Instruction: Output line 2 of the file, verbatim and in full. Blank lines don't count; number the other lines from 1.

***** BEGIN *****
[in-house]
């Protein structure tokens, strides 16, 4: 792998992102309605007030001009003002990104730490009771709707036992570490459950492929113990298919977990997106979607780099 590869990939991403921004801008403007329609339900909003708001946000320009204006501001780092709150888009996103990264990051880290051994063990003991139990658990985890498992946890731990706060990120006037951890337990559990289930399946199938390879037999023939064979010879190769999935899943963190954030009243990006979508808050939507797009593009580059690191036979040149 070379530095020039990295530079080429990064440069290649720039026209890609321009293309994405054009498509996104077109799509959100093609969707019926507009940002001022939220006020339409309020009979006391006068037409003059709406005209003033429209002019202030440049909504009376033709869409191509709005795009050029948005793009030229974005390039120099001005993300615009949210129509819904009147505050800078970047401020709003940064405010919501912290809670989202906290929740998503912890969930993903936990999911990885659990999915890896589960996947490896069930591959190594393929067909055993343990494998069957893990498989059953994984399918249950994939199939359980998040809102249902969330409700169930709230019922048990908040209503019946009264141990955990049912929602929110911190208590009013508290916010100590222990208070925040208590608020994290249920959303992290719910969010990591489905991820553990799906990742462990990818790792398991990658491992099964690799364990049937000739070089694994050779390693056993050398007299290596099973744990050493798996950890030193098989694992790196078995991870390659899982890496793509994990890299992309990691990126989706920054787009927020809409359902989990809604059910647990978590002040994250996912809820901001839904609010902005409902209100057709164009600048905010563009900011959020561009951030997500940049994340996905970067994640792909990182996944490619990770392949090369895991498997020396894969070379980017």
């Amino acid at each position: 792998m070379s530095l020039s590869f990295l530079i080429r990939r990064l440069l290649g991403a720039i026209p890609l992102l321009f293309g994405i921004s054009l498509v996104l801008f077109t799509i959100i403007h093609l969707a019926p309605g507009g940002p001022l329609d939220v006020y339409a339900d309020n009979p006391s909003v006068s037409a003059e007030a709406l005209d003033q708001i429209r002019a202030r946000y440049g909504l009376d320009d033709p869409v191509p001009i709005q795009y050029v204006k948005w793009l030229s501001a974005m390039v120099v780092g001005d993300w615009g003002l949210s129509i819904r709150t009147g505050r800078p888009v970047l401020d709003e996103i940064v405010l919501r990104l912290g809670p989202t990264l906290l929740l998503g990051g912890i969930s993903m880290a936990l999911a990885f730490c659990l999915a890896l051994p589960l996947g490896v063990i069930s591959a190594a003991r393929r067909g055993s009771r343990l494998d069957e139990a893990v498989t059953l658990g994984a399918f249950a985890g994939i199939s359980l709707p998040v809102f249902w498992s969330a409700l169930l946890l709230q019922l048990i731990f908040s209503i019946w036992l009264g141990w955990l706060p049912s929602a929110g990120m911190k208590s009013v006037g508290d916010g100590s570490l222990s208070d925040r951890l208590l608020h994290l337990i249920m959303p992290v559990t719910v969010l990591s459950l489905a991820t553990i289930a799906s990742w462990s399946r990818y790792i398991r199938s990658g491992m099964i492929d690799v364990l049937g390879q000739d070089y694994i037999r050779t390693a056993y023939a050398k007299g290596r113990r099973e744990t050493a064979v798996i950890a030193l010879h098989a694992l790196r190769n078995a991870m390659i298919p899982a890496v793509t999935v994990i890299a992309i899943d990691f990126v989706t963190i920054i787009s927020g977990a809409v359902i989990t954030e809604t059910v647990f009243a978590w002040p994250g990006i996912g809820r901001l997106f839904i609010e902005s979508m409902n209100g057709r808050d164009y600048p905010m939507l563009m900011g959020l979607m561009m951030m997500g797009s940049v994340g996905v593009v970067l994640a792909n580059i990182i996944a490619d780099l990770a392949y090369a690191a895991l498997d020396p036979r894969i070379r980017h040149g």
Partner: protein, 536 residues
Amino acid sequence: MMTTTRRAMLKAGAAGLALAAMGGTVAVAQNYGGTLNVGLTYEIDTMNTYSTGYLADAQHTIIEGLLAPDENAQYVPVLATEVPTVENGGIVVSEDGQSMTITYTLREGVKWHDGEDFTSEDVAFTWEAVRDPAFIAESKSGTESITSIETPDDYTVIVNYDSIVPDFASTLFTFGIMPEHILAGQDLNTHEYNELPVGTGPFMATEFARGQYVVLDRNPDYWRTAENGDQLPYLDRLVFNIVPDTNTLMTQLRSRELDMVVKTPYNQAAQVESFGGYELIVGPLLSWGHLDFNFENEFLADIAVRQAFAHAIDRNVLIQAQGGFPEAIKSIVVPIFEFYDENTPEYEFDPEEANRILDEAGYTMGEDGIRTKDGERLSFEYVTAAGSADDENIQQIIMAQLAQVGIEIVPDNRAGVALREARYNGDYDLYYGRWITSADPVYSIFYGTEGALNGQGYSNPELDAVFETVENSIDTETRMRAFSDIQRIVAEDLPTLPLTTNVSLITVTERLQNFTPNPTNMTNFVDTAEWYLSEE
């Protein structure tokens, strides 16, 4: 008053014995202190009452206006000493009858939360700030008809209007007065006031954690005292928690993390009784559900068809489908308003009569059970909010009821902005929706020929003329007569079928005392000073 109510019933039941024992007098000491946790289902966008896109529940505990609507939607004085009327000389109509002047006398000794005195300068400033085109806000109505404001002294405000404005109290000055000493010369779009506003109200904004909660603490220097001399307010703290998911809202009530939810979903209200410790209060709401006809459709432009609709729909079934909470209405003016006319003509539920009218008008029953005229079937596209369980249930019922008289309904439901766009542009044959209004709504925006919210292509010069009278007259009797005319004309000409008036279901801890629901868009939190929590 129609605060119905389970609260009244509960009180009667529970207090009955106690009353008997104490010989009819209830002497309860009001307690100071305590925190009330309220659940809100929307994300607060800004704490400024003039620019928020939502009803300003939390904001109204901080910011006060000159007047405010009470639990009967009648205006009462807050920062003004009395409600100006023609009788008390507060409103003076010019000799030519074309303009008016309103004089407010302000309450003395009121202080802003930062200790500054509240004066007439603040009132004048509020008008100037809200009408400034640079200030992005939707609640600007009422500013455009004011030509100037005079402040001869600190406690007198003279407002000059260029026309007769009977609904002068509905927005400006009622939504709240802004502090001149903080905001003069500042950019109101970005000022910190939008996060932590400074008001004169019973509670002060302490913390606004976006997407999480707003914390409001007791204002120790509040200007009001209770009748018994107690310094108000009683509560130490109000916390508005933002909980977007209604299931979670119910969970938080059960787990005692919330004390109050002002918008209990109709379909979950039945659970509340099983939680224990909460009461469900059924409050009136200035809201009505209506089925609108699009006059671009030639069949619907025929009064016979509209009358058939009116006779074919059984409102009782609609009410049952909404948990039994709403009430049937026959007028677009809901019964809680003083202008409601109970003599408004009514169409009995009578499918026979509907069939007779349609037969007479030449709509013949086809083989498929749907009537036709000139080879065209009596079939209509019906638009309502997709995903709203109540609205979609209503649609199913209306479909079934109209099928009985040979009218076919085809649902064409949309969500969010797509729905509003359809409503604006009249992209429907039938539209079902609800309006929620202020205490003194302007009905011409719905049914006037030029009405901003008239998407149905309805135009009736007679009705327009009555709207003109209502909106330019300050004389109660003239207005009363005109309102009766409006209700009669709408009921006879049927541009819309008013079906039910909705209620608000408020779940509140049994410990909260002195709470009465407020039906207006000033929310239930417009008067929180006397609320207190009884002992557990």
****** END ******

């Protein structure tokens, strides 16, 4: 792998992102309605007030001009003002990104730490009771709707036992570490459950492929113990298919977990997106979607780099 590869990939991403921004801008403007329609339900909003708001946000320009204006501001780092709150888009996103990264990051880290051994063990003991139990658990985890498992946890731990706060990120006037951890337990559990289930399946199938390879037999023939064979010879190769999935899943963190954030009243990006979508808050939507797009593009580059690191036979040149 070379530095020039990295530079080429990064440069290649720039026209890609321009293309994405054009498509996104077109799509959100093609969707019926507009940002001022939220006020339409309020009979006391006068037409003059709406005209003033429209002019202030440049909504009376033709869409191509709005795009050029948005793009030229974005390039120099001005993300615009949210129509819904009147505050800078970047401020709003940064405010919501912290809670989202906290929740998503912890969930993903936990999911990885659990999915890896589960996947490896069930591959190594393929067909055993343990494998069957893990498989059953994984399918249950994939199939359980998040809102249902969330409700169930709230019922048990908040209503019946009264141990955990049912929602929110911190208590009013508290916010100590222990208070925040208590608020994290249920959303992290719910969010990591489905991820553990799906990742462990990818790792398991990658491992099964690799364990049937000739070089694994050779390693056993050398007299290596099973744990050493798996950890030193098989694992790196078995991870390659899982890496793509994990890299992309990691990126989706920054787009927020809409359902989990809604059910647990978590002040994250996912809820901001839904609010902005409902209100057709164009600048905010563009900011959020561009951030997500940049994340996905970067994640792909990182996944490619990770392949090369895991498997020396894969070379980017």